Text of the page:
Tuesday, 18 August 2009

Architectural Flamboyance #1

The Roof to the Catholic Chaplaincy Building of The University Of Manchester, Oxford Road.

Architectural Flamboyance will be a weekly update looking at elements of Manchester’s buildings where the architect has been allowed to indulge in a little bit of self expression. It won’t include major architects, it won’t necessarily be about modern buildings, but it will show that the everyday architect can still, and has always been able to, create fresh designs even though the client’s small quantity of money tries to prevents them. No article will accompany the image of the element, it will speak for itself, any knowledge about it will be conveyed, however the buildings on show may have no data regarding them. But perhaps the acknowledgement in these updates will conjure up new data, or just give them the appreciation they require.

Initial Concepts for New MMU Building Revealed

Manchester Metropolitan University's Faculty of Art & Design was recently granted a £30M budget for "an extensive reorganisation of it's estate." Work has already begun on the project with the Chatham Tower currently being refurbished and expected to be completed by September 2010. One of the most significant changes planned is the demolition of the Chatham Undercroft building with a new building planned to open in 2012. Stirling Prize winning architects Feilden Clegg Bradley were recently appointed as architects for the new building and after the initial consultation phase the first images of the new building have been released.

The first images reveal plans to create a new entrance to the tower as well as links to the upper floors by a circulation and atria space. A roof garden can also be seen in one of the visuals and model.

More information on the project can be found at the MMU website here.

Sunday, 16 August 2009

Whitworth Art Gallery Shortlist Unveiled

The shortlist for a competition to design an internal overhaul and extension to the beautiful Grade-II listed Whitworth Art Gallery on Oxford Road, Manchester, has been revealed and the biggest surprise is that Zaha Hadid and Feilden Clegg Bradley have missed out. 139 practices had originally expressed an interest in working on the project, from which a longlist of 10 practices were selected for interviews by a jury panel. The full longlist was as follows: Amanda Levete Architects, Dixon Jones, Edward Cullinan Architects, Eric Parry Architects, Feilden Clegg Bradley Studios, Haworth Tompkins, MUMA, Stanton Williams, Stephenson Bell with Carmody Groake, Zaha Hadid Architects.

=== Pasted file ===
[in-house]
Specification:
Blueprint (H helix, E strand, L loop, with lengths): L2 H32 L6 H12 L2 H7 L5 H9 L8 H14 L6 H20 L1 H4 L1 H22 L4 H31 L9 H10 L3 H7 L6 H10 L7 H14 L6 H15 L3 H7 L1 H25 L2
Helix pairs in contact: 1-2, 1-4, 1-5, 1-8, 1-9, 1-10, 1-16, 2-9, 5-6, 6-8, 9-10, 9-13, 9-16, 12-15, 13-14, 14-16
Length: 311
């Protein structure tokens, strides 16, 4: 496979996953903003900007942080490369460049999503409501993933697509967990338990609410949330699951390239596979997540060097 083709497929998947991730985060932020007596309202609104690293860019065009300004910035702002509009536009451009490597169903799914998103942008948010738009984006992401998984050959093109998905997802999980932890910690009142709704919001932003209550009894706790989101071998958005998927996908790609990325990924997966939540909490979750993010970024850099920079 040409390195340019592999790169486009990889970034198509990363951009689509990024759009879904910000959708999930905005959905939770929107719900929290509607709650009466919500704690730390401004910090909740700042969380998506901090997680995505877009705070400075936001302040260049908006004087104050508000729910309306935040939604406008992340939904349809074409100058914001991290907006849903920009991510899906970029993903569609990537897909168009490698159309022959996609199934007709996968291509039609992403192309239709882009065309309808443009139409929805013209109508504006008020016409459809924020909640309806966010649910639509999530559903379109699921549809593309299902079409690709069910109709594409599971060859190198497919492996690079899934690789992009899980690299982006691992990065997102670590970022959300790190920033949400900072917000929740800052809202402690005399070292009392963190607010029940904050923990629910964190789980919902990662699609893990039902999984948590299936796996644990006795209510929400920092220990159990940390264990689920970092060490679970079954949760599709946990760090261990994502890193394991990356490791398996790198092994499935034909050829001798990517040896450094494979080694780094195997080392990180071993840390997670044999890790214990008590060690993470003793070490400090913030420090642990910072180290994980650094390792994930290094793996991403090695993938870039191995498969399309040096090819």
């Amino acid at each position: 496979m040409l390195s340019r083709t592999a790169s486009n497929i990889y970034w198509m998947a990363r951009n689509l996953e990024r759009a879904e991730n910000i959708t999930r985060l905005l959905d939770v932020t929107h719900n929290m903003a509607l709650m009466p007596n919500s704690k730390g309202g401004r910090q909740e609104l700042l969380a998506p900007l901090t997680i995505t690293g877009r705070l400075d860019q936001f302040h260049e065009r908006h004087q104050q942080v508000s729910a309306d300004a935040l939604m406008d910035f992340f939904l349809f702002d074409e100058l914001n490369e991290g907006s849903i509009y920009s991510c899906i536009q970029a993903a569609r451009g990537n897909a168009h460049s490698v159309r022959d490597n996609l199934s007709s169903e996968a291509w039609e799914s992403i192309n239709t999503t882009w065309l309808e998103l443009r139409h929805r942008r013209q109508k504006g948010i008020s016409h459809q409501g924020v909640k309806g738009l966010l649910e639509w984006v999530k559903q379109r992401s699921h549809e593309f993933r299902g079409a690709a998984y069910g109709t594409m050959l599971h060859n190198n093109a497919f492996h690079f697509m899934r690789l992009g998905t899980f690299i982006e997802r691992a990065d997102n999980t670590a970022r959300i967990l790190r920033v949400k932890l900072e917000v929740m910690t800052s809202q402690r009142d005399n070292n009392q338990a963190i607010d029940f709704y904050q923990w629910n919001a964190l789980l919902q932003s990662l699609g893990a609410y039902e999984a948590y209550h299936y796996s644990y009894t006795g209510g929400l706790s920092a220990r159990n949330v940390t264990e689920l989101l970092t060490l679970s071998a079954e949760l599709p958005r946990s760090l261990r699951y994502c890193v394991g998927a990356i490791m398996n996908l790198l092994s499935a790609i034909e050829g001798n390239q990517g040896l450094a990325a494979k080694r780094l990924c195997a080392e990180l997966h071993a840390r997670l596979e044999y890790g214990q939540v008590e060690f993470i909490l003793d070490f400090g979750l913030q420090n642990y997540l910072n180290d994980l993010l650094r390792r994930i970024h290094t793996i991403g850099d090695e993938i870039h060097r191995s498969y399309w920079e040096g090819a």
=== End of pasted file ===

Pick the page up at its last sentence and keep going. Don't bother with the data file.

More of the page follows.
Originally the longlist drew attention for being headed up two 'starchitects' both of which are female (Zaha Hadid and Amanda Levete) as well as featuring last year's Stirling Prize winners (Feilden Clegg Bradley) and current nominees for the UK's top Architecture prize (Eric Parry). Local practice Stephenson Bell, whose work has included a reworking of Piccadilly Plaza and the Aeroworks building, had teamed up with Carmody Groake (architects of the 7/7 Memorial in London) and it is unfortunate that they didn't make the shortlist as the 2007 YAYA winners have showed in the few completed projects in their portfolio that they have an ability to craft original and thought provoking buildings. The fact that Feilden Clegg Bradley also didn't make the shortlist is a surprise as they seem to be the darlings of the Universities at the moment, with their new Business School for Manchester Metropolitan University and the new building planned for the Manchester School of Art, not to mentioned muted plans for the soon-to-be-former BBC site on Oxford Road.